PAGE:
In an immediate response to UN Security Council Resolution 1441 on Iraq, the Australian NGOs Friends of the Earth Australia (FoEA), the Australian Peace Committee, the Medical Association for the Prevention of War, and Ozpeace called for all United Nations countries to declare their weapons of mass destruction capability and to make a commitment to totally disarm such weapons in a show of leadership to Iraq.

"The Permanent Five (P5) members of the Security Council have between them somewhere in the vicinity of 35,000 nuclear weapons and unknown arsenals of chemical and biological weapons," said Dimity Hawkins, FoEA spokesperson. "We ask that the P5 lead by example and declare to the world in full, accurate and complete terms all programs existing within their nations which rely on weapons of mass destruction."

"We must seek worldwide disarmament of weapons of mass destruction through diplomacy and agreement. War against any one nation is not an answer to the problem of chemical, biological or nuclear weapons. If we are talking about weapons of mass destruction we should start with those whom we know for certain actually have vast WMD arsenals - The US, Russia, France, the UK, China, India Pakistan and Israel." (FoEA nuclear weapons spokesperson John Hallam)

Nanotechnology, fourth generation nuclear weapons, etc

INESAP coordinator Regina Hagen draws your attention to the following two publications by Prof. Andre Gsponer from the Swiss-based Independent Scientific Research Institute:


Support for INES member Dr. Guillermo Miguel Eguiazu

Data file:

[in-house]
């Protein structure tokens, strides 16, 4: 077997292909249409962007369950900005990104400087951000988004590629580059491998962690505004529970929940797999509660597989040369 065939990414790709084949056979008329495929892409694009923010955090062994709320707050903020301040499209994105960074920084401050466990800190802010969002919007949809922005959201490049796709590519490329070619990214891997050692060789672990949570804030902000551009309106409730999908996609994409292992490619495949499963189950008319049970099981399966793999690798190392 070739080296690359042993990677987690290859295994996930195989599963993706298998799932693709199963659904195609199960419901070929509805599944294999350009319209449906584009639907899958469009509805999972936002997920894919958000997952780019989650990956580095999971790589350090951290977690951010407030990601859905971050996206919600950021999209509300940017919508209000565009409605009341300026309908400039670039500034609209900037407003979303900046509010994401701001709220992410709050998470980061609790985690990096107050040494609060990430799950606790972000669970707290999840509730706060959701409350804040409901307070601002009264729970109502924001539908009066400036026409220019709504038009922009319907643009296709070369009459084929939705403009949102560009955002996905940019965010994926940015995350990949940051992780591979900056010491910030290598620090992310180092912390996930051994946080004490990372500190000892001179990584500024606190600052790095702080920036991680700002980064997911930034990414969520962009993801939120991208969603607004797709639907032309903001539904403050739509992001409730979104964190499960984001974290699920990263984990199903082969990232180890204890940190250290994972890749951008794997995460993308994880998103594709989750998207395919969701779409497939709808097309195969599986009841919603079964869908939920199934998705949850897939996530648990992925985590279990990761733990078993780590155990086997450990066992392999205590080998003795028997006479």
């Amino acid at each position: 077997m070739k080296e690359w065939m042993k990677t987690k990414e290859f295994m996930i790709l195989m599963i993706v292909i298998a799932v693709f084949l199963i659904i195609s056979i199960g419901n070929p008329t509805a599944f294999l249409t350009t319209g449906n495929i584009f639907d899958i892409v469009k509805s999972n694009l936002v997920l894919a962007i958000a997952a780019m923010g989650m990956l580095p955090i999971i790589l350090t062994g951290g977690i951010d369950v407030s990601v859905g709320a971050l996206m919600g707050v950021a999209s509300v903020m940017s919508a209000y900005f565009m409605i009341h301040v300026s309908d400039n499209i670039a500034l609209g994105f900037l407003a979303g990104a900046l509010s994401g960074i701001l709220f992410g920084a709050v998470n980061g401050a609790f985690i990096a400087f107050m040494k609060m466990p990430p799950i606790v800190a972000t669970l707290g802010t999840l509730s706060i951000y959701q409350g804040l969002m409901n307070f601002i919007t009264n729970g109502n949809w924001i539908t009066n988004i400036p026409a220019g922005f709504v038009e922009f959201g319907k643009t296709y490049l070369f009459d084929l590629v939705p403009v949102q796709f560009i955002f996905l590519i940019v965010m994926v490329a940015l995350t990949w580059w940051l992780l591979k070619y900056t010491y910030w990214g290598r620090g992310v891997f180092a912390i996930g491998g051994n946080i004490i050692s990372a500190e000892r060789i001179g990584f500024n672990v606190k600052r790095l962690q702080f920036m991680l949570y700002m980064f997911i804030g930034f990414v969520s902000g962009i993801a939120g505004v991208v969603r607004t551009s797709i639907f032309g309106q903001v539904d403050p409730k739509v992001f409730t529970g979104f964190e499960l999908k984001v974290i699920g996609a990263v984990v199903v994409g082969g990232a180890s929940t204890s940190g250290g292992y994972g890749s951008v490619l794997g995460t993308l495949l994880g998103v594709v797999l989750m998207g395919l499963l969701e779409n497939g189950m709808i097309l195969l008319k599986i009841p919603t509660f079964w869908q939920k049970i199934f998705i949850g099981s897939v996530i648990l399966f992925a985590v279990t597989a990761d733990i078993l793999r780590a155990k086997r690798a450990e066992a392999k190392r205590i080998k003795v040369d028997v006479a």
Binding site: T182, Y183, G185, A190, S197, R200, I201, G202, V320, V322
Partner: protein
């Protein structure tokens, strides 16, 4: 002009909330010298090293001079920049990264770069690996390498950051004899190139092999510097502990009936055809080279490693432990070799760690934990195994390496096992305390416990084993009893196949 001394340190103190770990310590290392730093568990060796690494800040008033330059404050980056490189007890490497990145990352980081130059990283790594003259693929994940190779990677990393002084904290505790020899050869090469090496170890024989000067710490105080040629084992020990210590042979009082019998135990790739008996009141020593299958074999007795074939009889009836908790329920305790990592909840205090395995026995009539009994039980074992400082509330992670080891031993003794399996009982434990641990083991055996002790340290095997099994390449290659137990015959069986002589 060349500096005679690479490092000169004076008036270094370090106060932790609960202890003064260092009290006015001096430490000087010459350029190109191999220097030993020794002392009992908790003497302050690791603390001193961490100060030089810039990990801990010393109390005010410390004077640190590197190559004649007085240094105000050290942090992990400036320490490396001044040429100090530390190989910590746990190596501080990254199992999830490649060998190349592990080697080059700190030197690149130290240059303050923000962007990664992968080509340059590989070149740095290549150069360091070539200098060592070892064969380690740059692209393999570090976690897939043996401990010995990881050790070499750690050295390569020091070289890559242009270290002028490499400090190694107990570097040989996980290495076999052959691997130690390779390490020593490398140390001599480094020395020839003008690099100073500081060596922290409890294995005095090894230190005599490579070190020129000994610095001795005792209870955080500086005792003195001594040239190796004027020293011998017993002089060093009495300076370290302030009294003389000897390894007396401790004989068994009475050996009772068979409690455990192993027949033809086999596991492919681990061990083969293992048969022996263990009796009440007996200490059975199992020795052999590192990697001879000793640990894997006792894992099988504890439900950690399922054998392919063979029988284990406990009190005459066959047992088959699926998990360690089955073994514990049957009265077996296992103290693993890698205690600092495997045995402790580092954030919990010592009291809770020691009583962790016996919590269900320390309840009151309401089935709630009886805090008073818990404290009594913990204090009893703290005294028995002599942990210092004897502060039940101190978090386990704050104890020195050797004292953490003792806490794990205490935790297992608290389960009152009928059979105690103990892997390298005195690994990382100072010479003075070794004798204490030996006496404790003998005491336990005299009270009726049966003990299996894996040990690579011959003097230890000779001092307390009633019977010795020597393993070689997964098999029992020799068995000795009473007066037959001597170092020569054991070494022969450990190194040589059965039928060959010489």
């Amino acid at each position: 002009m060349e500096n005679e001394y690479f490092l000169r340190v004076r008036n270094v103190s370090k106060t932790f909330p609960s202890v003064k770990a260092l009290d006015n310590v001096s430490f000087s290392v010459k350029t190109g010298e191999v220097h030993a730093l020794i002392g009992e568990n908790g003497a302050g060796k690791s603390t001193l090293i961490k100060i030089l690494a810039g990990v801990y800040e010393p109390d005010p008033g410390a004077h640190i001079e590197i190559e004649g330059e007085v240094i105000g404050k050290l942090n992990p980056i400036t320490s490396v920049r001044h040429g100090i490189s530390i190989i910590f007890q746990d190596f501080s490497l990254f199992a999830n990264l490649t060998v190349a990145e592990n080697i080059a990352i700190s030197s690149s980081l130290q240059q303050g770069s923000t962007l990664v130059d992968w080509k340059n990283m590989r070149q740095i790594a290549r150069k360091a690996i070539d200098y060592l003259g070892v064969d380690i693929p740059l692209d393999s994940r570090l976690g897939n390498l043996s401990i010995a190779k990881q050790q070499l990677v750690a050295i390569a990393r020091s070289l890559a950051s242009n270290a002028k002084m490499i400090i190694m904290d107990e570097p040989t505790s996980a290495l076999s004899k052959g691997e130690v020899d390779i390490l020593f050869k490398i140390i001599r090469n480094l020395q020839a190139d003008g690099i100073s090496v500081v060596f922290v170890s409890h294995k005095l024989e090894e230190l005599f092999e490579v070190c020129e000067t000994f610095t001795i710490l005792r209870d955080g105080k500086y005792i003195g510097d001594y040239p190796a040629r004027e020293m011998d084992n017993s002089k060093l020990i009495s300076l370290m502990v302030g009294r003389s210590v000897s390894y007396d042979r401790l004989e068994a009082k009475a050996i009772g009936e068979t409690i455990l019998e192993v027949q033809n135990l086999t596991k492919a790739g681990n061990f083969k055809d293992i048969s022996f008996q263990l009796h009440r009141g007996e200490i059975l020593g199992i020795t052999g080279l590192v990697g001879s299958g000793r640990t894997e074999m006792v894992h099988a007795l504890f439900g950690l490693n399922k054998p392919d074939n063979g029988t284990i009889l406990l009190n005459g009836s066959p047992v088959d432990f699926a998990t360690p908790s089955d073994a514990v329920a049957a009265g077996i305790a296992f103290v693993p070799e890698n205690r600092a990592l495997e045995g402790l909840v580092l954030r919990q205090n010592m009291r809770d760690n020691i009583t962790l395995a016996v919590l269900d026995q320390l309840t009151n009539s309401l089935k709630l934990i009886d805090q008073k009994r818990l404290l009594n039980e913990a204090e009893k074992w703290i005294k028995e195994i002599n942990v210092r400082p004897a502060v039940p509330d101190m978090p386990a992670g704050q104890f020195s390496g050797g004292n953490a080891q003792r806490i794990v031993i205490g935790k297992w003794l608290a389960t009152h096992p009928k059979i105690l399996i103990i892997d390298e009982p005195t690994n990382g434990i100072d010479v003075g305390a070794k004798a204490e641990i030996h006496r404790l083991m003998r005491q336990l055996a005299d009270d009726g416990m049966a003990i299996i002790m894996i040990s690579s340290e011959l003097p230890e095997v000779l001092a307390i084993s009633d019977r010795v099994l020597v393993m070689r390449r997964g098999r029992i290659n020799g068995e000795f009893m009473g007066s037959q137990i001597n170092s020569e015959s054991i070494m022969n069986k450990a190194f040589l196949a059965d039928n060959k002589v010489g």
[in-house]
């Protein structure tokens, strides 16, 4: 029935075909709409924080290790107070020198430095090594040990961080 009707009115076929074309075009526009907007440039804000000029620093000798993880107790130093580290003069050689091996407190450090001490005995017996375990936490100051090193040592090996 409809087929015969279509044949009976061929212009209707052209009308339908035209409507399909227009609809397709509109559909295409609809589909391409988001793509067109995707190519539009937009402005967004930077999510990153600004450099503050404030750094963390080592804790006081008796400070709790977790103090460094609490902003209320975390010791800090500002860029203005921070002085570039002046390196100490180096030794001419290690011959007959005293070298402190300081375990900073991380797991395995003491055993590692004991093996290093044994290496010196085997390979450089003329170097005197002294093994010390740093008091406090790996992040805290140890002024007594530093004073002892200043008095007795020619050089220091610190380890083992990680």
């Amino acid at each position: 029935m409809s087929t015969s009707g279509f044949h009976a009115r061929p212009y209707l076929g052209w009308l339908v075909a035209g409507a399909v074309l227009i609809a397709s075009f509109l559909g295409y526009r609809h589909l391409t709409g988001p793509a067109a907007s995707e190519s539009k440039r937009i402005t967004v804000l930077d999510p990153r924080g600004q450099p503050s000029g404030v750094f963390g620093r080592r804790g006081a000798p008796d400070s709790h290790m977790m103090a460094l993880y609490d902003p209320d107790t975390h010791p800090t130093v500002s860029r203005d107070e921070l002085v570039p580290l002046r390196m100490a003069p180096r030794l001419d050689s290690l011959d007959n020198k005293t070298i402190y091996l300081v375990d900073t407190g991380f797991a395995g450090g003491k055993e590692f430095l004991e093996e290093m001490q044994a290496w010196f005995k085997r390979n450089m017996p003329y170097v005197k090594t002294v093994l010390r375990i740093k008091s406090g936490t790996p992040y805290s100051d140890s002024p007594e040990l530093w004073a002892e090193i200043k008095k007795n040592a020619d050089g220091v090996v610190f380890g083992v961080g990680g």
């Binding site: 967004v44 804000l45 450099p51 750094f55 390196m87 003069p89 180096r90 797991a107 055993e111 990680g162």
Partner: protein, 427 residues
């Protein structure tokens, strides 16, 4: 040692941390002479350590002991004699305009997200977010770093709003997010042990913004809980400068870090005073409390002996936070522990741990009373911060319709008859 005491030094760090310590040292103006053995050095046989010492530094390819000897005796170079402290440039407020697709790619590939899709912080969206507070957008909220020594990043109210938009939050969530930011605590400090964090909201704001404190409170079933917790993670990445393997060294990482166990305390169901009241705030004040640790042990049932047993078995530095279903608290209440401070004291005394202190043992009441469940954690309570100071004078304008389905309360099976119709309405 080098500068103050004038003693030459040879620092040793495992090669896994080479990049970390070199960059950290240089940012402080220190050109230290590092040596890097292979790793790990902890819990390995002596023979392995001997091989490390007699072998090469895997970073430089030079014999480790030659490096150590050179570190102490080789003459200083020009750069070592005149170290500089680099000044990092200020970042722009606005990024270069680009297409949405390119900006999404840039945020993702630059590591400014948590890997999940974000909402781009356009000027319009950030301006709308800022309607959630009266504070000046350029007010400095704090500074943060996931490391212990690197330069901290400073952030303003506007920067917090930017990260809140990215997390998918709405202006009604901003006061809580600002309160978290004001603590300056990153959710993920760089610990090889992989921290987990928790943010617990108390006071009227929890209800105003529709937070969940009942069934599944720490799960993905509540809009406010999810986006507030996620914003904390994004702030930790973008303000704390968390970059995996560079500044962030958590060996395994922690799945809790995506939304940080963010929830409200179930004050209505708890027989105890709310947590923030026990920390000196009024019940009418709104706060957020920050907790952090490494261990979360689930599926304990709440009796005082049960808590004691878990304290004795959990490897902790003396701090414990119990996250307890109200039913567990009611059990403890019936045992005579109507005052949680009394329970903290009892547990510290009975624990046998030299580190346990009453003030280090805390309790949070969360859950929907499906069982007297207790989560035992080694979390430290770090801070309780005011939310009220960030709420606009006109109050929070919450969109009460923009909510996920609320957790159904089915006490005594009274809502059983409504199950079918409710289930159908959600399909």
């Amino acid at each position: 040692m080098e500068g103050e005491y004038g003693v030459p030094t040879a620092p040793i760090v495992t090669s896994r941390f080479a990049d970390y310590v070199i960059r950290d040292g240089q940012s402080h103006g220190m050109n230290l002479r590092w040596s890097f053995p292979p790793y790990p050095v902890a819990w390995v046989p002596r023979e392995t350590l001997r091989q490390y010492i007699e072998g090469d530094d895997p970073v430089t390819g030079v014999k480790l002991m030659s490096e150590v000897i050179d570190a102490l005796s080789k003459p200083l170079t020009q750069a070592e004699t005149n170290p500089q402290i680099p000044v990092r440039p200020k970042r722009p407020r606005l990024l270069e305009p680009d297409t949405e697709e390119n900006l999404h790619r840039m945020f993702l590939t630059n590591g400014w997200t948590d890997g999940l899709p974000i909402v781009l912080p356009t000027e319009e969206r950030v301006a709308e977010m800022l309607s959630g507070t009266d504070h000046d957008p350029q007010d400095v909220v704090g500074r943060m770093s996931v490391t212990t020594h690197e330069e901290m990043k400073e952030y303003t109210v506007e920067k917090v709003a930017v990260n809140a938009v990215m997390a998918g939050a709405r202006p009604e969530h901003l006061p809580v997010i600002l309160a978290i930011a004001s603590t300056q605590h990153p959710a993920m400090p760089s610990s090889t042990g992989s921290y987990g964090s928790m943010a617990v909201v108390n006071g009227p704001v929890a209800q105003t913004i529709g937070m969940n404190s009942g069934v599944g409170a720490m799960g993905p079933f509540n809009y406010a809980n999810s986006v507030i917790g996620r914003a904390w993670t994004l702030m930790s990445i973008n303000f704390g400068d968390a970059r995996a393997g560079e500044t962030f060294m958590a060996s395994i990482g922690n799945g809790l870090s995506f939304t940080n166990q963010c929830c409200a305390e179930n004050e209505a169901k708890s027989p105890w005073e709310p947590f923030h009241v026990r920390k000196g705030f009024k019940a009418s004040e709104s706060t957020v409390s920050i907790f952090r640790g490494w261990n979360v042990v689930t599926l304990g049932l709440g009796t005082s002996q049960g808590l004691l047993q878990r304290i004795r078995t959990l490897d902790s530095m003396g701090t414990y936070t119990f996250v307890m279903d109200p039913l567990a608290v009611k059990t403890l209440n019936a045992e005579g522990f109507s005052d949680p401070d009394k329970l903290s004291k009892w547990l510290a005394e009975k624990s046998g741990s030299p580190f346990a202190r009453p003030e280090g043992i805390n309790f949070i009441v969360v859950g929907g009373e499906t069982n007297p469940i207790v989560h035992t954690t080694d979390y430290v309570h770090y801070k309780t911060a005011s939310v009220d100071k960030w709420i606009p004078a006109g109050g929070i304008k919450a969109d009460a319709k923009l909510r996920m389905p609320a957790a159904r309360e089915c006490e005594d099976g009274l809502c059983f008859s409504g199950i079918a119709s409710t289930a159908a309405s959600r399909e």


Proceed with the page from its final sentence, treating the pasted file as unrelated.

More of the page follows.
Dear colleagues, dear friends! Our member Dr. Guillermo Miguel Eguiazu, professor at the University of Rosario, Argentina, conducts scientific research in the field of agricultural production and the influence of pesticides and other chemical compounds used in the agricultural practice. For years Eguiazu and his collaborator Alberto Motta acted for public measures to protect the consumers and the farmers against health-damaging technologies (e.g. cancer causing substances). They have developed measuring techniques and worked out prevention methods. They demanded legal regulation for e.g. protection against Aflatoxin in groceries. In the course of their investigations they came into conflict with established economic interests and, consequently, became subject of criticism and an increasing harassment by their faculty and the authorities of the university. Both about their work and the harassment Eguiazu and Motta have reported at the INES Conference in Stockholm, 2000. They were hindered in their research. Their laboratory interior and equipment was destroyed by unknown people. As a consequence, they had to move into a former chickens slaughterhouse with minimal research facilities. The financial support of their institute and their salaries were reduced by the government. The installation of gas and an adequate electricity supply for the laboratory were forbidden, although they would be privately sponsored. All the time Eguiazu was threatened that his institute would be closed if he would not stop his unwanted research. Since our letter campaign last year his situation has even got worse. In August of this year the local authorities indeed started an action to stop his activities. They sent a lawyer claiming the keys of the institute. All furniture and equipment were put on a truck and taken into a depository, where they are stored without being used. Eguiazu was able to save his personal belongings. The authorities, who initiated these reprisals are driven by the head of the Department of Agriculture of the University of Rosario, who is strictly committed to introduce so-called "modern agriculture technologies" including large scale use of pesticides, chemical fertilizers and the release of genetically engineered food plants. Eguiazu, who points to the severe risks of carelessly applying some of these techniques, is therefore the antagonist and is to be eliminated. The harsh behaviour of the authorities may have been triggered by a peculiar development. The Ministry of Education Science and Technology in Buenos Aires has established a committee named "Comisión Nacional de Categorizaciones" that has to evaluate the quality of all university professors and their research (*). In accordance with the National Universities and the "Consejo Interuniversitario Nacional," the committee classified 19 professors in the highest, 254 in a second category. The results were communicated to the faculties who had to inform the concerned professors. With a delay of 13 months the Faculty of Agriculture in Rosario informed Eguiazu that he was classified in the highest category. After the confirmation by the Minister the judgement of the committee was published on the Internet (**). >From the official publication it may be deduced that the advice of the faculty "Ciencias de la Salud" (Health Sciences) was crucial for Eguiazu's nomination. Obviously there is disagreement within the scientific world of Argentina. The higher rank of class 1 results in an increase in salary of the professor. This is in strong contrast with the 35% reduction of Eguiazu's salary that resulted from the deletion of his incentive several years ago. It seems that the high evaluation of Eguiazu by the independent government committee only hardened the position of the Faculty of Agriculture. Eguiazu strongly needs our help! Please support us and send a letter to the Minister of Education, Science and Technology in Buenos Aires. An example of a letter is given below. Please send us a copy of your letter.